Positive Psychology:  The Journey from -5 to +5

You feel your experiences are now at 0, and your reality is at an all-time low, maybe a -2 or a -5?
 
Do you really want to be a +5? Trust me, that is possible. A +5 mental reality or happiness is not something that you find. It is something that you create through positive psychology. What you focus on too much becomes your reality, and reality is created in a moment.
 
Traditional Psychology gets you to 0, PP (or positive psychology) gets you to your +5 life – think about it, what would that look like for you? In coaching, the interventions we use from PP would take your life to the next level.
 
Renowned psychologist Martin Seligman once humorously described psychology to CNN in one word, “good” at the next level as “not good” and as “not good enough” at the final stage.
 
So, what is the solution?
 
Once again, to quote Seligman, “The earlier focus for most psychological research and much practice was about how we can understand people when things go wrong (for example, when a person experiences depression). By contrast, the focus of positive psychology is on what conditions and experiences make for well-being and happiness. So, the question is, “How can I be well and happy?” rather than “What can I do now I am unwell or depressed.” In other words, it is not about taking yourself from -5 to 0; it is about taking yourself from 0 to +5.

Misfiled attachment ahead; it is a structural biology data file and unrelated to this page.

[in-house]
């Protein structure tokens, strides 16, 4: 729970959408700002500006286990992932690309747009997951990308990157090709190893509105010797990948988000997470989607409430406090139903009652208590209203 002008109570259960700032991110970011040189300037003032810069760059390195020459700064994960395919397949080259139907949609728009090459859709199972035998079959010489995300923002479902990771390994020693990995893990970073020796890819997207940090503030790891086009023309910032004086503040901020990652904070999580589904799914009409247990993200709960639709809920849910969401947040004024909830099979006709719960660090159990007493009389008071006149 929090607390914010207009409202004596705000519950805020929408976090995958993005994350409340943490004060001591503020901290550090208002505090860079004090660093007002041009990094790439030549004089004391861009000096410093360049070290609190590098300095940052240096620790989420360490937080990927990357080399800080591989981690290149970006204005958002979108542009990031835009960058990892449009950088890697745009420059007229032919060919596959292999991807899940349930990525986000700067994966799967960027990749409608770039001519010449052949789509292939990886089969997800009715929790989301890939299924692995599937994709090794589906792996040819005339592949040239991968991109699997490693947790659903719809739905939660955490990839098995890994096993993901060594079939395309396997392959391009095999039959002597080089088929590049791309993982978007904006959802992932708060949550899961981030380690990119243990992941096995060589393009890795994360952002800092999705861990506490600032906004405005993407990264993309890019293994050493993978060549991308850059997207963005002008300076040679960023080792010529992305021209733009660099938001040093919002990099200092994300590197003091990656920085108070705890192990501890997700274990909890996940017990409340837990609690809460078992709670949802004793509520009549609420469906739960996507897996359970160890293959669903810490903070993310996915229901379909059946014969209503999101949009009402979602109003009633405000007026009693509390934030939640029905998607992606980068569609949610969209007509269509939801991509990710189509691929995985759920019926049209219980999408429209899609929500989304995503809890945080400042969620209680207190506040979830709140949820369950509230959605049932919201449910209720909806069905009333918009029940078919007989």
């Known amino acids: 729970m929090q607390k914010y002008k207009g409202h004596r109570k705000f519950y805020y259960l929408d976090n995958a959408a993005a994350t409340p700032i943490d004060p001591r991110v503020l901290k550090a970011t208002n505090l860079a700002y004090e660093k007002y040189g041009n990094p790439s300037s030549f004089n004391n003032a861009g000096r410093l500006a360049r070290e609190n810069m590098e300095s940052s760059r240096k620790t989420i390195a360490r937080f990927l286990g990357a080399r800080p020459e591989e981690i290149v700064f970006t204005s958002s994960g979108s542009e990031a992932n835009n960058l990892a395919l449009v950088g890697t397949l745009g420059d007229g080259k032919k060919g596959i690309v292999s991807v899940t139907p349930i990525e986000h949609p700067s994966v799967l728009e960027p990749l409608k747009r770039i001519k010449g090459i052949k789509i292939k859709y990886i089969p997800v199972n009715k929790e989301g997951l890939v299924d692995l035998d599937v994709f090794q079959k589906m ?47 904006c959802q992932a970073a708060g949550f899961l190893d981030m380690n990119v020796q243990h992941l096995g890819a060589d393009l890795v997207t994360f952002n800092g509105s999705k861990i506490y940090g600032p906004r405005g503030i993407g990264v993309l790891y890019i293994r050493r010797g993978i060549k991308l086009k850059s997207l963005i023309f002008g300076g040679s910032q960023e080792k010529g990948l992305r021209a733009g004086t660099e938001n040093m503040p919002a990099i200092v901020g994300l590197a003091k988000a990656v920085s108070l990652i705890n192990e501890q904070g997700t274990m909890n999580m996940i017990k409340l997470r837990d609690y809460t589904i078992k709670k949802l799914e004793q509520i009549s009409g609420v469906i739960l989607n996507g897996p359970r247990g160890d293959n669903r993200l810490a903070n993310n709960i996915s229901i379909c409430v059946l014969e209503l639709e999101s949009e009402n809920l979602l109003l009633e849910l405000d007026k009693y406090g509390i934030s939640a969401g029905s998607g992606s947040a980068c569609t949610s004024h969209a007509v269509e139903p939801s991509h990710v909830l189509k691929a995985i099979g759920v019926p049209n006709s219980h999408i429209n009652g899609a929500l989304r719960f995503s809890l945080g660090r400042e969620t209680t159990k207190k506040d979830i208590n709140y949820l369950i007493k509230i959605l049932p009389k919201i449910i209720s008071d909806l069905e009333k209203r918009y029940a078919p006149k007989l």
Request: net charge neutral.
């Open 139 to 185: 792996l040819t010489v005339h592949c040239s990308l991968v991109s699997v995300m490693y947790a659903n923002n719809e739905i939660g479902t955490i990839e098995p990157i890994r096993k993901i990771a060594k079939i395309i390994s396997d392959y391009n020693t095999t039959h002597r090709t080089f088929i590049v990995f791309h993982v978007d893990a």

Positive psychology focuses on a person’s inner strength, believes in an individual’s inherent potential and encourages developing skills (resilience, gratitude, optimism) that empower an individual to deal with a crisis.
 
One of the approaches we use in PP is Appreciative Inquiry. The traditional empirical approach focuses on the problem and fixing what is broken. AI is about a shift in mindset and looking at what is working rather than what is not. 
 
In case you are wondering how you can enjoy the impact of Appreciative Inquiry in your life, it’s pretty simple. When you are in a challenging situation, instead of asking yourself questions about the problem, this time try asking yourself below questions: 
 
  • What is your life’s best experience about …. (the challenging situation)….? 
  • What do you value about this situation? Which parts of the condition are you feeling good about?
  • What factors give “life” to the experience you are having? 
  • What would make it even better?
  • If you had three wishes about the situation, what would they be?
  • What can you do that is under your control?
 
When you suffer from a challenge, it might be tough to answer the above questions and find something positive that you appreciate, but I can promise this approach will be eye-opening. And I’m sure you will feel lighter about it.
 
Would you like to look closely at the principles of positive psychology? Do you think positive language can energize and encourage you to create your reality? Does that sound interesting and make you feel more about the power of positivity?
 
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